Tell It Like It Can Be?

Written by Walter Boomsma, instructor. See his blog.

Scott Leavitt of Oakley Signs & Graphics, Inc. sends out a weekly newsletter to customers that is both helpful and thought-provoking. In today’s issue he quotes Robert Orben, a magician and comedy writer from the early 1900′s. “We have enough people who tell it like it is. Now we could use a few who tell it like it can be.”

He uses this  as a springboard to suggest those of us who work in the real estate market can and perhaps should impact buyer and seller confidence and thereby “help” the market improve.  As one who prides himself in “telling it like it is” I found his suggestions more realistic than the organizations who want me to put on my rose-colored glasses and parade down the street shouting, ”It’s a great time to buy! Things are getting better!”

Since I don’t have a brass band at my disposal, I especially liked his rhetorical question, “So, as a real estate professional, is it your duty to simply report the market conditions, or should you be helping buyers and sellers see how it can be?”

To my way of thinking, “how it can be” must include a healthy dose of realism. I suppose given our current economic state it’s easy to have too much realism and not enough “can be.” But as I think back over the various times I’ve reported statistics and market conditions I think I’ve done so with a fairly consistent observation that the statistics don’t create our future; we ultimately create our future and the statistics.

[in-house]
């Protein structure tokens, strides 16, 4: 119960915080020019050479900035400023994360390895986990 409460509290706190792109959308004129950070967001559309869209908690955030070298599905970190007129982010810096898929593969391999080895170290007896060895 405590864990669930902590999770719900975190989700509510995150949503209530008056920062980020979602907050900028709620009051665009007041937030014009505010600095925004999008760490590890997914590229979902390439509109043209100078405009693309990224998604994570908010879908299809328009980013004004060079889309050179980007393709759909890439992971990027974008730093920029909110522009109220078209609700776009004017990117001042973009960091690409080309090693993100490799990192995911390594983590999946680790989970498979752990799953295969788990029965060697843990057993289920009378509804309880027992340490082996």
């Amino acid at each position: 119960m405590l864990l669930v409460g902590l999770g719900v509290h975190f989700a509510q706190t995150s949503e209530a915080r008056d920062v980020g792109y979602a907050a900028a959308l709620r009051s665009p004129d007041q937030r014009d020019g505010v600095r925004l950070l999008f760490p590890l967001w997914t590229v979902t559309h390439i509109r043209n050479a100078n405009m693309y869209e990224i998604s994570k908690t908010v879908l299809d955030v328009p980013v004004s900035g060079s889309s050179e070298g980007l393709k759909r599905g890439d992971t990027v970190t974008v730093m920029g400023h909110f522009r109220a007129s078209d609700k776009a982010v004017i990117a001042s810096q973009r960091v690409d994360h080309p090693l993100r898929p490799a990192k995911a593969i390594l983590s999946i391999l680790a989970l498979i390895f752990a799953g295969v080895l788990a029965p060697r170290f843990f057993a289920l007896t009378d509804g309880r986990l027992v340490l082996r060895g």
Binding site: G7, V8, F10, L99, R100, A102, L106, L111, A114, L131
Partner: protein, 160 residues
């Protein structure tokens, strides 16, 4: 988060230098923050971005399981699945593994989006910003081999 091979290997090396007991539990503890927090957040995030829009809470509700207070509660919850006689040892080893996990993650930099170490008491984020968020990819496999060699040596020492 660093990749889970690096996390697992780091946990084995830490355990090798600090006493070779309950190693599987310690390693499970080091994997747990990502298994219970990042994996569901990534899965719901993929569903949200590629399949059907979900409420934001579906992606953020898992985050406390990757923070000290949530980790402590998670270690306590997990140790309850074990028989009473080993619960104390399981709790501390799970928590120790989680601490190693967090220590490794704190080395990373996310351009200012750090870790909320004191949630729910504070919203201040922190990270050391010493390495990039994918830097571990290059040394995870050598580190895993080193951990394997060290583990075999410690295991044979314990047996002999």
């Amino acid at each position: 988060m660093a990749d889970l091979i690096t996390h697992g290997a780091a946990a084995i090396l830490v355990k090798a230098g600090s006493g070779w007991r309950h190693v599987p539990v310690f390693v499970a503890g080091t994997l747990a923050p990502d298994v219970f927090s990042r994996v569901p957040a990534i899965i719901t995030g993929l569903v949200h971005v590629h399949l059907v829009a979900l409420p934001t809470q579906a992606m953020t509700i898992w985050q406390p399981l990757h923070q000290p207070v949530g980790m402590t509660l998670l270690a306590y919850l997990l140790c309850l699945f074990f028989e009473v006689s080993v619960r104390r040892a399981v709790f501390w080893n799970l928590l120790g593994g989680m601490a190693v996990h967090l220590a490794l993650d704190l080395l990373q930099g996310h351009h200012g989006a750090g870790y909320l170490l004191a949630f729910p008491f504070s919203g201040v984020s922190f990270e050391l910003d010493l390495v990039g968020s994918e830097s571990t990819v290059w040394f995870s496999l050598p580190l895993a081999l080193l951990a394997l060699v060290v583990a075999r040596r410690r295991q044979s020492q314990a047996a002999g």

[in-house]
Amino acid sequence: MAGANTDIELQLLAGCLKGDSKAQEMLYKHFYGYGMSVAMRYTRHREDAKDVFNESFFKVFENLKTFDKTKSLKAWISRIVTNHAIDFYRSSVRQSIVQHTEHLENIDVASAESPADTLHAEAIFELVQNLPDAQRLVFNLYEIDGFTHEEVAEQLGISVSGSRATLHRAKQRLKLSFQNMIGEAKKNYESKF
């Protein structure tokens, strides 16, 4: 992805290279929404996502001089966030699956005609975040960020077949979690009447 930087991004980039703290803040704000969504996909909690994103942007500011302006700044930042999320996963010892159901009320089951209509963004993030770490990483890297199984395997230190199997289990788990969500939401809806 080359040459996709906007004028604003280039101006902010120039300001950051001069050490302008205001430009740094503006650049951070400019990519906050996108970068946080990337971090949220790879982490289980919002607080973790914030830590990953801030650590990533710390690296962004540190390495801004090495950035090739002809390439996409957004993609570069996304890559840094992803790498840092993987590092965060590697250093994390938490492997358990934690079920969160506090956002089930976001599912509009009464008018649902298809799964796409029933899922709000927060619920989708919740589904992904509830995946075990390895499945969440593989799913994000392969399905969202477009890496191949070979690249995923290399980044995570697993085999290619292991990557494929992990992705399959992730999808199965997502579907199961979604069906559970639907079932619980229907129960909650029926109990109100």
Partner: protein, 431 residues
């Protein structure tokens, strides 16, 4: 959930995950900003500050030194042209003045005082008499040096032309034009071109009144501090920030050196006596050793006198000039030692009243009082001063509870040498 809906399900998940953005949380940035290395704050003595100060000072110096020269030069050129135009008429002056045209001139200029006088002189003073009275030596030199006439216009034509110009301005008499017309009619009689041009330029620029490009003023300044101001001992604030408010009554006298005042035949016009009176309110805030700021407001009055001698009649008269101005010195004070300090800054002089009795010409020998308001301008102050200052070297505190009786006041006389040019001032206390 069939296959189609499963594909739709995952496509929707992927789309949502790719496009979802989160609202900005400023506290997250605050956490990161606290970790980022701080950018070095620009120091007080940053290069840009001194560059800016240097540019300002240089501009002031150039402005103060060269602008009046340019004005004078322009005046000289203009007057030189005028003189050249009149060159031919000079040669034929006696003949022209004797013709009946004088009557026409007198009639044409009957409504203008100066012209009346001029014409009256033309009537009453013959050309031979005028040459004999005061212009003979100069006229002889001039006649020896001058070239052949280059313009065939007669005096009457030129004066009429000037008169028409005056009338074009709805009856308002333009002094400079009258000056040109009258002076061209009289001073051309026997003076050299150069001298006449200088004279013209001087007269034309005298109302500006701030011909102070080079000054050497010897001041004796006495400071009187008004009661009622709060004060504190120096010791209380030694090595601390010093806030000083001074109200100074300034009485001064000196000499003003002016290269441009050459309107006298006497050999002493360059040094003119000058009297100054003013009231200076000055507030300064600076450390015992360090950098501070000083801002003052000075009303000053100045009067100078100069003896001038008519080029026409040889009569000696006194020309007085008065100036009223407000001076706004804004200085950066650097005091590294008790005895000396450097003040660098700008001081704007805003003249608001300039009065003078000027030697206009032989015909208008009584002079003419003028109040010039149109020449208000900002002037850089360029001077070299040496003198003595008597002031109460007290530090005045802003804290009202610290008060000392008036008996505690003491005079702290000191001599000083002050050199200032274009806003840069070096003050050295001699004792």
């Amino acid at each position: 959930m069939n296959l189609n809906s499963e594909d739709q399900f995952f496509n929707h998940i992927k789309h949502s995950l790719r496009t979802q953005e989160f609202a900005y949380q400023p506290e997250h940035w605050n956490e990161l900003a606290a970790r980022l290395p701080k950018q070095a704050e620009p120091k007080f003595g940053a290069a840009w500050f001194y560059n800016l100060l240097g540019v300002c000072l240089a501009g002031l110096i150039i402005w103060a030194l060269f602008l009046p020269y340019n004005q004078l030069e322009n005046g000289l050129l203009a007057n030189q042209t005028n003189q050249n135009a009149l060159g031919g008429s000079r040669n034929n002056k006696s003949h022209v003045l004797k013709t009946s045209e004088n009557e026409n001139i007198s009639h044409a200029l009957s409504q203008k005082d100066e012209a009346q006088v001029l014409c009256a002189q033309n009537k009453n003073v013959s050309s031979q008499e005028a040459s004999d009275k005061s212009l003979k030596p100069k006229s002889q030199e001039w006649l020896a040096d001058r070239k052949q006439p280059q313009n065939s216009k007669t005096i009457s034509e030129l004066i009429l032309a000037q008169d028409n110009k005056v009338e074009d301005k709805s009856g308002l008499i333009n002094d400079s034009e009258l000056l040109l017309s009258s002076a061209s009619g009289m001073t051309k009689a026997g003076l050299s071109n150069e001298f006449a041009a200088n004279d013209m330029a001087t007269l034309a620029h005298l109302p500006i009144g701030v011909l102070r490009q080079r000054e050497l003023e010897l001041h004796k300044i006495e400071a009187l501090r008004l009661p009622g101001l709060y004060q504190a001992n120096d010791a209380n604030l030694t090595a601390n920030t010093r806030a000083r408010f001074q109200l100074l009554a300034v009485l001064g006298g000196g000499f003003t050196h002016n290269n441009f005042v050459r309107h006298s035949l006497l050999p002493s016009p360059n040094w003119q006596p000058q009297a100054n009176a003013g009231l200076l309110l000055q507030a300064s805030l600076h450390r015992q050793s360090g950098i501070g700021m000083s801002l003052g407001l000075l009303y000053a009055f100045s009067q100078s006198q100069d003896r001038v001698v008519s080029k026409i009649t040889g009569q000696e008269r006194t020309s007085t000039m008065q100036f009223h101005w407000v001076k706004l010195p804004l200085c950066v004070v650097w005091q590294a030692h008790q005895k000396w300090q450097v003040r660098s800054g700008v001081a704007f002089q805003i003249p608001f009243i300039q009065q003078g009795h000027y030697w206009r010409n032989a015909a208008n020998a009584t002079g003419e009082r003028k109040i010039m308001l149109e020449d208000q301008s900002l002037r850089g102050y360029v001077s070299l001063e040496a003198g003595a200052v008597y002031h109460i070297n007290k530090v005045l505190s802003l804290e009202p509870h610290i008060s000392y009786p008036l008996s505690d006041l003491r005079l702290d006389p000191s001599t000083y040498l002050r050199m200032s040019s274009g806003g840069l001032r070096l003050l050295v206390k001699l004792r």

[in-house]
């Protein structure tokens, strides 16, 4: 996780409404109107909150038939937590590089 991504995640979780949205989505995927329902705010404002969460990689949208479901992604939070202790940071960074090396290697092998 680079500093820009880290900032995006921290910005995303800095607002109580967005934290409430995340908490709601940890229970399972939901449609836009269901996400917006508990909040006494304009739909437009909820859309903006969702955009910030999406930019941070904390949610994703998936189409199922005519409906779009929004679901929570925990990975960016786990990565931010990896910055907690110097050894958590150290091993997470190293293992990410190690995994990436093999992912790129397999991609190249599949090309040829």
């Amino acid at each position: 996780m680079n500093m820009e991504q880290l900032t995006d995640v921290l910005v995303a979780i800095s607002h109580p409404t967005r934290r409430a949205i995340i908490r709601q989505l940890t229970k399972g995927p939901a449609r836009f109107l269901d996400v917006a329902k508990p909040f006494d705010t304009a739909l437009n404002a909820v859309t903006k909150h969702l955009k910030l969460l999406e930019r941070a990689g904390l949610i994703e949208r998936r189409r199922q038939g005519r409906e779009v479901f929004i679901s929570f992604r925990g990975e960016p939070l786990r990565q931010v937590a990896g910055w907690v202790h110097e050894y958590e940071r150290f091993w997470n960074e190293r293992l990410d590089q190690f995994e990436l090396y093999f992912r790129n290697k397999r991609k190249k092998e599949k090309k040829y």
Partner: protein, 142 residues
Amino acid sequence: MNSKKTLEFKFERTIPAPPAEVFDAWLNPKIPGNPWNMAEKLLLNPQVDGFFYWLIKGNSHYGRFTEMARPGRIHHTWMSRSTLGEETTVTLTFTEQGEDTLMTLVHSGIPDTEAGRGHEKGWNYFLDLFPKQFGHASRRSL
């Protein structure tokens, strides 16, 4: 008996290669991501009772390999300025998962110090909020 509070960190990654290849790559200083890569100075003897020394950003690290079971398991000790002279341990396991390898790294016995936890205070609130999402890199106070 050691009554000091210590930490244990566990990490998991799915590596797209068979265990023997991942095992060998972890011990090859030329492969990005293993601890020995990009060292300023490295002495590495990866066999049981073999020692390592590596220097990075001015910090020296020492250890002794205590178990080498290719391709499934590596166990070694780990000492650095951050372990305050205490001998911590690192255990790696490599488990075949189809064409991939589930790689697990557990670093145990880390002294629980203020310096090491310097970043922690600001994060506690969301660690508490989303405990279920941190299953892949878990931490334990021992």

It is interesting, for example, that the most recent Sales Agent Class I’ve taught has a higher enrollment than the last year or two’s average class size. We can debate whether or not this is an indicator of the market but I do know this: Many of those students are creating their future. They have a plan, have identified a niche and are going to create an opportunity for themselves.

Should I buy? Should I sell? Should I get a license and get into the business? How you determine the answer to those questions may be more important than what the answer is. Leavitt refers us to an article in Forbes Magazine. that offers a positive (but conservative) outlook. Understand it’s fairly technical and reading it may make your eyes glaze over. But it contains some great examples of how one’s view of the world can influence one’s future.

Do you want to buy? sell? get into the real estate business? If the answer is “yes,” you may be thinking about how it could be! Think some more. Success always comes when preparation meets opportunity.

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